Oct 01, 2020 / 08:39

Vietnam manufacturing activity back in growth territory in Sept

The Vietnamese manufacturing sector returned to growth in September as concerns around the outbreak of the Covid-19 pandemic in the country eased.

The Vietnam Manufacturing Purchasing Managers' Index (PMI) rose back above the 50.0 no-change mark in September, posting 52.2 from 45.7 in August, pointing to the first improvement in business conditions for three months, and the most marked since July 2019, according to Nikkei and IHS Markit.


A reading below the 50 neutral mark indicates no change from the previous month, while a reading below 50 indicates contractions and above 50 points to an expansion.

Anecdotal evidence suggested that control over the Covid-19 pandemic was a key factor helping to support improvements in operating conditions, after increasing case numbers had been seen in the previous survey period.

Reduced case numbers contributed to stronger client demand, leading to a solid increase in new orders. New business from abroad also increased in September, the first time this has been the case since January.

A solid expansion in production was also registered, helped by higher new orders. In fact, the rise in output was the sharpest in 14 months.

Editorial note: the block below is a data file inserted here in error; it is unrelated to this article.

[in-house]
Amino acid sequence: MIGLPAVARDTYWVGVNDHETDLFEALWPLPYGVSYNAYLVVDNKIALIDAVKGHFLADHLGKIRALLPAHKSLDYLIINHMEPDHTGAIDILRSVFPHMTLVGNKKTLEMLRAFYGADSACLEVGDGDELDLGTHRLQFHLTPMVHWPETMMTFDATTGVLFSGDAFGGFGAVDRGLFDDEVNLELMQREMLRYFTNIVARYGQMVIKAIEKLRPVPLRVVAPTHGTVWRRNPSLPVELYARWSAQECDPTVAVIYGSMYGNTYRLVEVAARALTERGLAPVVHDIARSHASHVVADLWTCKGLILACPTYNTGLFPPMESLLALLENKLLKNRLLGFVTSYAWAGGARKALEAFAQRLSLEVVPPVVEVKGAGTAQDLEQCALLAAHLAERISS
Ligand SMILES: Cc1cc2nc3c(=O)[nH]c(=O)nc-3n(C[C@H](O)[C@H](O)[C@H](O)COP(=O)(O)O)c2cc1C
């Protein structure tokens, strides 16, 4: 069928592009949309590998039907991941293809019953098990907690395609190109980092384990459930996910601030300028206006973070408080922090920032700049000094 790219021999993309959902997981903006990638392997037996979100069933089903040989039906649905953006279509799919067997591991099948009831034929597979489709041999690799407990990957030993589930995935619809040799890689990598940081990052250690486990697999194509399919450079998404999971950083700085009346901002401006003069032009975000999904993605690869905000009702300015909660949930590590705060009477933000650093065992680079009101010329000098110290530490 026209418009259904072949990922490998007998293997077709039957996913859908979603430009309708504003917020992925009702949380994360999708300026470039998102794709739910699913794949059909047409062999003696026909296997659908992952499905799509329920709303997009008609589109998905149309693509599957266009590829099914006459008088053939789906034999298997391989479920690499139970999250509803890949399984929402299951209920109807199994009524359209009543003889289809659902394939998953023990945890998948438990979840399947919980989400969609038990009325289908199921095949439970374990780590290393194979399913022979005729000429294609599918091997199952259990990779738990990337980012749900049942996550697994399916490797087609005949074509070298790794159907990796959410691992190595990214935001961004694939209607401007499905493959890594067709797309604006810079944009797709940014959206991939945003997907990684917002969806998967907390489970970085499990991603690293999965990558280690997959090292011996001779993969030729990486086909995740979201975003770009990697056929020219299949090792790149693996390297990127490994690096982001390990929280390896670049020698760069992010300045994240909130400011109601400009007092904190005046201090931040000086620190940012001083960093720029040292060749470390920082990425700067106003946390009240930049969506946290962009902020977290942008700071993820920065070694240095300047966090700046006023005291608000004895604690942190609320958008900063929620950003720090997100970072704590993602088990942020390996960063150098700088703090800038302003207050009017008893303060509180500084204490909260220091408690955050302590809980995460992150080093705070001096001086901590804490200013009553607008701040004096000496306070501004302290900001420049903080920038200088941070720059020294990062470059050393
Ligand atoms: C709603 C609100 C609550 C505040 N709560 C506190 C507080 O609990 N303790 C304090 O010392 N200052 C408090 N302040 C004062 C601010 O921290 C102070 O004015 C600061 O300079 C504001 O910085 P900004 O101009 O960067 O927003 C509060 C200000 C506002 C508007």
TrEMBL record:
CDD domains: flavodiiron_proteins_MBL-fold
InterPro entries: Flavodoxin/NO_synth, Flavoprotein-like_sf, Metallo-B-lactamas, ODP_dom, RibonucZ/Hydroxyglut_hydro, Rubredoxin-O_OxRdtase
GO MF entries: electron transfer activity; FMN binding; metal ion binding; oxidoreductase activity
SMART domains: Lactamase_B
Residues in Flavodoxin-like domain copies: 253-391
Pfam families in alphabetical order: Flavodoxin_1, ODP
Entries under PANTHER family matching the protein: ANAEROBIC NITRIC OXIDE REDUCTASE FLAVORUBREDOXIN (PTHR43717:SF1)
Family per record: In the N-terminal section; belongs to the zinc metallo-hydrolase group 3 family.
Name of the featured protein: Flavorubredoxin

Business confidence also improved at the end of the third quarter of the year, rising sharply from August to the highest since July 2019. Projected growth of new orders is expected to lead to increases in output over the coming year, but a number of firms mentioned that positive expectations were based on assumptions that the pandemic will remain under control in the country.

Rising new orders encouraged manufacturers to expand their purchasing activity for the first time in three months, and at a solid pace. This increase in purchasing contributed to a renewed accumulation of pre-production inventories. Some panelists reported efforts to build reserves.


The rate of input cost inflation quickened to a 22-month high and was broadly in line with the series average. Panelists often linked higher input prices to supply shortages for raw materials. This was also a factor behind a lengthening of suppliers' delivery times. That said, lead times lengthened to the least degree since January.

In response to higher input costs, firms raised their selling prices for the first time in eight months. The rate of inflation was only slight, however, amid ongoing competitive pressures. 

“After a rise in Covid-19 cases in late-July and early August briefly threw the sector's recovery off track in August, the September PMI results were much more positive. With control of the pandemic regained, firms saw an influx of new orders, ramped up production and were at their most optimistic for over a year. As ever though, sustaining these positive trends is dependent on virus cases not picking up again,” said Andrew Harker, associate director at IHS Markit, which compiles the survey.

"One new development in the latest survey was a return to growth of new export orders for the first time since the pandemic began, a welcome signal that international demand is becoming more supportive of the sector's recovery."